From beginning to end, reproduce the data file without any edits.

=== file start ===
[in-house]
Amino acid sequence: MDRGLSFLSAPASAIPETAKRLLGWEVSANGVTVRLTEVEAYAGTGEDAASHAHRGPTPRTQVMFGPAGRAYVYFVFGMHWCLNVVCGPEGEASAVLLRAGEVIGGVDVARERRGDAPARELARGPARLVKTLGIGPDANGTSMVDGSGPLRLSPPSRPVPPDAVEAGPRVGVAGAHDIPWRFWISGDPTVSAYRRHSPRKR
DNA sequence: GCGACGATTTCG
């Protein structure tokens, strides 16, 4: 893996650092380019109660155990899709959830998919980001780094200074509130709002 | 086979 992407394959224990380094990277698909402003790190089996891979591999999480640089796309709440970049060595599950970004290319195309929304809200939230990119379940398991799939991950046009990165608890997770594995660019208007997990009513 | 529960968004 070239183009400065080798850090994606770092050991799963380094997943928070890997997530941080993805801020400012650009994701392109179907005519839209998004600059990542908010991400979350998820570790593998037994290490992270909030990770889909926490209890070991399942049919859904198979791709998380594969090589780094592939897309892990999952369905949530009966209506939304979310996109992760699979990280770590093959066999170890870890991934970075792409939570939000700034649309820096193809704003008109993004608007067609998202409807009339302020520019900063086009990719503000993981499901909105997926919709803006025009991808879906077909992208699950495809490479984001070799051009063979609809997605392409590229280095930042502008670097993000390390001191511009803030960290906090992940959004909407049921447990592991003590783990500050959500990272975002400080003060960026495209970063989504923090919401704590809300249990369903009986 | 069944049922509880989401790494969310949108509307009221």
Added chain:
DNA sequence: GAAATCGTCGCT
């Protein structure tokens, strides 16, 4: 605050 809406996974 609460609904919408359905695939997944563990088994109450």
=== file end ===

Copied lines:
[in-house]
Amino acid sequence: MDRGLSFLSAPASAIPETAKRLLGWEVSANGVTVRLTEVEAYAGTGEDAASHAHRGPTPRTQVMFGPAGRAYVYFVFGMHWCLNVVCGPEGEASAVLLRAGEVIGGVDVARERRGDAPARELARGPARLVKTLGIGPDANGTSMVDGSGPLRLSPPSRPVPPDAVEAGPRVGVAGAHDIPWRFWISGDPTVSAYRRHSPRKR
DNA sequence: GCGACGATTTCG
């Protein structure tokens, strides 16, 4: 893996650092380019109660155990899709959830998919980001780094200074509130709002 | 086979 992407394959224990380094990277698909402003790190089996891979591999999480640089796309709440970049060595599950970004290319195309929304809200939230990119379940398991799939991950046009990165608890997770594995660019208007997990009513 | 529960968004 070239183009400065080798850090994606770092050991799963380094997943928070890997997530941080993805801020400012650009994701392109179907005519839209998004600059990542908010991400979350998820570790593998037994290490992270909030990770889909926490209890070991399942049919859904198979791709998380594969090589780094592939897309892990999952369905949530009966209506939304979310996109992760699979990280770590093959066999170890870890991934970075792409939570939000700034649309820096193809704003008109993004608007067609998202409807009339302020520019900063086009990719503000993981499901909105997926919709803006025009991808879906077909992208699950495809490479984001070799051009063979609809997605392409590229280095930042502008670097993000390390001191511009803030960290906090992940959004909407049921447990592991003590783990500050959500990272975002400080003060960026495209970063989504923090919401704590809300249990369903009986 | 069944049922509880989401790494969310949108509307009221």
Added chain:
DNA sequence: GAAATCGTCGCT
């Protein structure tokens, strides 16, 4: 605050 809406996974 609460609904919408359905695939997944563990088994109450």